video transfer at both1080i and 1080p. It's going to take
awhile for these types of products to ramp up to high
volume, so I don't think there's going to be any wireless
HD products in the marketplace by 2010, but if there are,
the manufacturers still could upgrade to our
A specification for
wireless HDTV is just one of the 50 projects now in
development by the IEEE 802 LAN MAN Standards Committees,
said Paul Nikolich, chair of the iEEE 802 LMSC, which
coordinates the efforts of more than 1300
Or example, the 802
.11 wireless local area network (LAN) working group
includes a study of video streaming throughput at rates
up to 1 GB/s, Nikolich said. The 802.15 wireless working
group is concentrating on the 60 GHz physical layer with
data rates up to 1 GB/s. Another group is tasked with
audio-video bridging and related architecture.
Yet IEEE is not the
only one playing in the wireless sandbox.
The Israeli company
Amimon is leading a drive to promote WHDI (Wireless High
Definition Interface), which seeks to establish a 60 GHz
wireless standard capable of delivering uncompressed HD
video and audio across an effective range of 100 to 150
feet from source like a PC or DVD player to any display,
such as a flat panel screen.
WHDI solutions at CES as well as at shows in Japan and
Germany, said Noam Geri, Amimon co-founder and vice
president of marketing and business development. "The key
is that WHDI uses a video modem approach as opposed to
the data modem approach at the center of the IEEE effort.
As a result, we've already shipped chipsets to some
leading CE manufacturers for products that will be on the
shelves by early 2008."
Geri declined to
list the CE manufacturers incorporating WHDI into their
products, but did not deny that Motorola may use WHDI in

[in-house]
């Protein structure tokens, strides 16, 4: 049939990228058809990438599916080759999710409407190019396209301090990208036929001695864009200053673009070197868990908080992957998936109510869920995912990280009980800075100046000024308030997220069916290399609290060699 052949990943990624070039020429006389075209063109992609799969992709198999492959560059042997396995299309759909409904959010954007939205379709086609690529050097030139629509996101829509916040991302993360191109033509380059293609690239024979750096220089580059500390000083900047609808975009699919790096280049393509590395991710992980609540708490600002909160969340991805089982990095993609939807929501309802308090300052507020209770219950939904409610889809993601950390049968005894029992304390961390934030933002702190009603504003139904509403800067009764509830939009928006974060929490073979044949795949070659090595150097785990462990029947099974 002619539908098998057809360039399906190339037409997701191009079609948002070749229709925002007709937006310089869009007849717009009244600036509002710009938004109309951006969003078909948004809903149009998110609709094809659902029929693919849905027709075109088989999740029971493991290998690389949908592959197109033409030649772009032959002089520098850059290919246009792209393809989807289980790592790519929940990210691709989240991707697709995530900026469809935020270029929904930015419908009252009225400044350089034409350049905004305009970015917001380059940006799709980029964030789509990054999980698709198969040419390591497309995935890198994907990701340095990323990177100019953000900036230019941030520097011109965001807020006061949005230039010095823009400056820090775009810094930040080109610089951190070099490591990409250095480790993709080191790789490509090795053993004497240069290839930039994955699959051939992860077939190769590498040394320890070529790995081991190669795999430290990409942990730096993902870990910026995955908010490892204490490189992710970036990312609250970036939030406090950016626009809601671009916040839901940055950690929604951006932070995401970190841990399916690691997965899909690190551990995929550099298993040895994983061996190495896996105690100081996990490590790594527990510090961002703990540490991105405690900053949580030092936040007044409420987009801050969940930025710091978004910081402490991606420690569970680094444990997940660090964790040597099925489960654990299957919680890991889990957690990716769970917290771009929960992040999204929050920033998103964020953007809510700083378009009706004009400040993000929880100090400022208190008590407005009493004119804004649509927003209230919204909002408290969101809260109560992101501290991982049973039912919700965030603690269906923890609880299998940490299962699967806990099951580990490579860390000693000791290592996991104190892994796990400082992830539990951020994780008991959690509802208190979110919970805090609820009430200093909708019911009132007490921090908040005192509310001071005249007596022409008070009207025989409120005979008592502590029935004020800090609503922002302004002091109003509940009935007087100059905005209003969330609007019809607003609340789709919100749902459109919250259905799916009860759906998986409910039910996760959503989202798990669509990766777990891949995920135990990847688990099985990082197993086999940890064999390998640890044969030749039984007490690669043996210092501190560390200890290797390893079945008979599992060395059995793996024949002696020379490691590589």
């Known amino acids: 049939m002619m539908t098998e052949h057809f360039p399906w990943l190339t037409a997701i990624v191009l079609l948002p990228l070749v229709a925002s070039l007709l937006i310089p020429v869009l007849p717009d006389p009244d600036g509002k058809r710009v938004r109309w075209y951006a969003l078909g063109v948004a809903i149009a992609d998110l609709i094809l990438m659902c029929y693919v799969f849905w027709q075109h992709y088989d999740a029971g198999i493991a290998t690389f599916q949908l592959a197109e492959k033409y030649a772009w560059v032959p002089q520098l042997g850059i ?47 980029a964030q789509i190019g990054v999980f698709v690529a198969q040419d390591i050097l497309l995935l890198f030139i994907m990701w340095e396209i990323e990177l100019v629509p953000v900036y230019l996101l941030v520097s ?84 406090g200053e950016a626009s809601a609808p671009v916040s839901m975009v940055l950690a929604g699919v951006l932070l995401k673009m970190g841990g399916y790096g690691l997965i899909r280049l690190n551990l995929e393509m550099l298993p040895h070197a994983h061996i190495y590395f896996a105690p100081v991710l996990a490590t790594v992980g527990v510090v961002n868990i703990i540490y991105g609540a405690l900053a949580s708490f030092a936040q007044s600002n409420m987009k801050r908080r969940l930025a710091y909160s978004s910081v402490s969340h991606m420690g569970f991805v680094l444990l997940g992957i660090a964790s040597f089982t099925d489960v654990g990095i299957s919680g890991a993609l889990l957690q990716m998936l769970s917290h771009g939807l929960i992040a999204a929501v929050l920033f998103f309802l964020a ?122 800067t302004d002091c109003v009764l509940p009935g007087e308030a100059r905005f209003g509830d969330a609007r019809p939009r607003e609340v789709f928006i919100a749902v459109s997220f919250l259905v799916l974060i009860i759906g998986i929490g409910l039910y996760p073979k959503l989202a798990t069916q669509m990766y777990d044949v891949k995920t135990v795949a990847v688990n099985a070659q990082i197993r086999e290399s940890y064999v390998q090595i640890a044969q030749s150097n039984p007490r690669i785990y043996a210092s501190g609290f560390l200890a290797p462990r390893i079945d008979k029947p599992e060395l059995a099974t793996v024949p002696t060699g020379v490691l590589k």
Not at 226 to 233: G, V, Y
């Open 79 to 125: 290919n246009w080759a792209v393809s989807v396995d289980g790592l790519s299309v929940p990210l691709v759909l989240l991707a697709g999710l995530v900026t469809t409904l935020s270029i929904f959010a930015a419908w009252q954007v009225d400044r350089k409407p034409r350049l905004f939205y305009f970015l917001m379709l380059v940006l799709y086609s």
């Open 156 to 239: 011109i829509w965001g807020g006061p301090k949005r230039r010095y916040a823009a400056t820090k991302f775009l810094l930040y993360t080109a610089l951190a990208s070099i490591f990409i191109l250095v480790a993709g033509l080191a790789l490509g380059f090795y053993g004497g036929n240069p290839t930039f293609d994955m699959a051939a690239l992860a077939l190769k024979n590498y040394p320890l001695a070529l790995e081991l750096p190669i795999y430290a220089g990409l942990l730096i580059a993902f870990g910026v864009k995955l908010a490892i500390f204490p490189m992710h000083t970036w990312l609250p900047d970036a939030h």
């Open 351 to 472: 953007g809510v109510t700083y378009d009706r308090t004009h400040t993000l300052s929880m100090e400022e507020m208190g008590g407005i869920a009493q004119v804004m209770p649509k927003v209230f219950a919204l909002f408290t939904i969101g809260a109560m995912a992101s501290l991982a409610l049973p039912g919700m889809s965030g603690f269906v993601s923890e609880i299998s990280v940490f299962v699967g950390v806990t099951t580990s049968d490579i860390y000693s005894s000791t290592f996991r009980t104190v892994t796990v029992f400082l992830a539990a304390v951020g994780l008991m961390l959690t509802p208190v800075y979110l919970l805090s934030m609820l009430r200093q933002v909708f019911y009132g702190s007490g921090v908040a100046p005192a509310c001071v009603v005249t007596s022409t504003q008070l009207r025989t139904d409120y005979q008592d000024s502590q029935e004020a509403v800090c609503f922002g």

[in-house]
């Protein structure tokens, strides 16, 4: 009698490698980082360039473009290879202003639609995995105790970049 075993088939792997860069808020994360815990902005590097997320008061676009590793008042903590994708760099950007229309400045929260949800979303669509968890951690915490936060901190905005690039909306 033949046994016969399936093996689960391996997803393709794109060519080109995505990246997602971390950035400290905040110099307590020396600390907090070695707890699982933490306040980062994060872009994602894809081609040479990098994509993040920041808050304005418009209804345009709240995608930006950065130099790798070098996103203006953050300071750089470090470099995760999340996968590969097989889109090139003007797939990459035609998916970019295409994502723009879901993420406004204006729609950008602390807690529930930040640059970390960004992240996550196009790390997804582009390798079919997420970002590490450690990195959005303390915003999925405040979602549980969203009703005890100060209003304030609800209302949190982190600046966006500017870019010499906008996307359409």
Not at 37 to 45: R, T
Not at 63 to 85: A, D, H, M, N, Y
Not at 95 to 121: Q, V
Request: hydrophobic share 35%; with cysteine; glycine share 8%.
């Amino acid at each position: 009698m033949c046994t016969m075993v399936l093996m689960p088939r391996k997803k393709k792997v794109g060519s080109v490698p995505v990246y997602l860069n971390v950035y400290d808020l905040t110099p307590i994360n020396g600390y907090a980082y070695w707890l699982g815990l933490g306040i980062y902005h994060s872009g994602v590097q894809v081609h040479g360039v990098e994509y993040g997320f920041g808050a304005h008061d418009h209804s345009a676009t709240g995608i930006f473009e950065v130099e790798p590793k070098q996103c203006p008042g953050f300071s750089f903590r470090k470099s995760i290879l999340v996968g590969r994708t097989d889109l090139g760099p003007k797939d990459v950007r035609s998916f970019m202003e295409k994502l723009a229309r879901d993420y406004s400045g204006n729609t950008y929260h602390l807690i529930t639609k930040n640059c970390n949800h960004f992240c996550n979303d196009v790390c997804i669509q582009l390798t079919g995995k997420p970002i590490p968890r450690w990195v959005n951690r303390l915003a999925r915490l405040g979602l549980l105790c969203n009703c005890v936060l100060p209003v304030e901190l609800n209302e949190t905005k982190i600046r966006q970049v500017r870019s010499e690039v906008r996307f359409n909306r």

their cable set-tip boxes.
"We're not really
competing with any other wireless standards," said Geri.
"We see our efforts as complementary."
Among those Amimon
supposedly complements is the 60 GHz standard now being
developed by the WirelessHD consortium, which consists of
LG, Samsung, Sony, Toshiba, and Matsushita (Panasonic and
John Marshall said using the unlicensed 60GHz frequency
band means no interference with other household devices
that typically operate in the 2-6GHz range. The
WirelessHD specification, expected to be released by the
end of 2007, will enable HD video streaming over
distances of up to 32 feet without the need for
line-of-sight connection, as with IR remotes.
Marshall said he's
not concerned about consumer protection activists who
claim that wireless technology poses a health hazard in
the home. "The FCC wanted to conduct a study of how 60
GHz ineracted with the human body. They found that for
the most part, 60 GHZ signals reflect off water, and
since the human body is mostly water, the signals will
not penetrate tissue. There's a white paper at the SiBEAM
website to support all this."
The main thing,
Marshall said, "is that the industry is now looking at a
major technology breakthrough with chips smaller than my
fingernail that will deliver HDTV without a tangle of
cables in the home. That's historic."